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Saturday, 23 February 2013

Jake Mobbs, British documentalist, on filming in Russia.

In a recent post Tatiana Daniliyants I posted an interview with a Russian filmmaker who has filmed abroad (in her case, Italy). This post tries to look at the experience of a British documentary filmmaker, Jake Mobbs, who has made a journey in the opposite direction filming his documentary in Russia. The film premiered at the ArtDocFest (Russia's main festival of documentary film). It was singled out for strong praise by the Chairman of the Jury, Andrei Smirnov, during the closing ceremony (and also later in a print interview with the Russian New Times). A social documentary, initially shot to support a charity in the city of Perm, it has very high production values and, as well as in Moscow,  premiered in London last month to a packed audience at the Riverside Studios. The subject matter of a group of street kids who organize their own society in spite of a hostile environment and deal with a truly toxic situation arisen in part due to the catastrophic social effects of post-Soviet transition is, of course, not a new subject and yet this type of socially-based documentary seems to have become - post-perestorika- ever more rare in Russia. The film is being released at a time when the figure of the child in Russia has become politicized due to the promulgation of a new law banning adoptions of Russian orphans to the US and the opposition voiced by part of civil society to this new law.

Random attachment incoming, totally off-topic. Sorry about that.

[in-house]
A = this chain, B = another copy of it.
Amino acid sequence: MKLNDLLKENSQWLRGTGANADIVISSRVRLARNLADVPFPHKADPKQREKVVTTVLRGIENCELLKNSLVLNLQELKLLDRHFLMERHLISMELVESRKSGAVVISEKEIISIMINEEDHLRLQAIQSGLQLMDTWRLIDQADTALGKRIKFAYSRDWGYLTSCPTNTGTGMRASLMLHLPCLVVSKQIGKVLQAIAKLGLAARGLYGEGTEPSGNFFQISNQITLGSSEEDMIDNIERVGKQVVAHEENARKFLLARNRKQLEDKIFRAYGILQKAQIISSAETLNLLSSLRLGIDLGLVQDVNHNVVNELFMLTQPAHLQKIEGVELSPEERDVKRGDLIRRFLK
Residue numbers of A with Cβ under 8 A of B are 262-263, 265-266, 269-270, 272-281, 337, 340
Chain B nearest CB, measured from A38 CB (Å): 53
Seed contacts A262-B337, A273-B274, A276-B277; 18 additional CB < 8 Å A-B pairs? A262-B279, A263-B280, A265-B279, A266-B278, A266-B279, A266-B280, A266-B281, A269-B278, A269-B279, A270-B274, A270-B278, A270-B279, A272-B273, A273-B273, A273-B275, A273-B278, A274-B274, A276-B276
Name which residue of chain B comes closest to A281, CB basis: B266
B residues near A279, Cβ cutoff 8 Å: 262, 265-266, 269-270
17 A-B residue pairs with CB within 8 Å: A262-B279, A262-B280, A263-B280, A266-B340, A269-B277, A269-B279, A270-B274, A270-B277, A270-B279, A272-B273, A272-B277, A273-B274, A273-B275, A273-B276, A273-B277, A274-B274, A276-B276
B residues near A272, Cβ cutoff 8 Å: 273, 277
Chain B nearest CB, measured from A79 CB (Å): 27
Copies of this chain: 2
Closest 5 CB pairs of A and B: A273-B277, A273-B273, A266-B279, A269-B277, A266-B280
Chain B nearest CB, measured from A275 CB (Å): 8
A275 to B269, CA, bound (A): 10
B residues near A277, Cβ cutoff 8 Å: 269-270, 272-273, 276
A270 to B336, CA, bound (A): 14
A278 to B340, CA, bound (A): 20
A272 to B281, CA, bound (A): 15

Could you tell me what the catalyst was for filming in another country and how you think it is (would have been) different from filming a social documentary in the UK?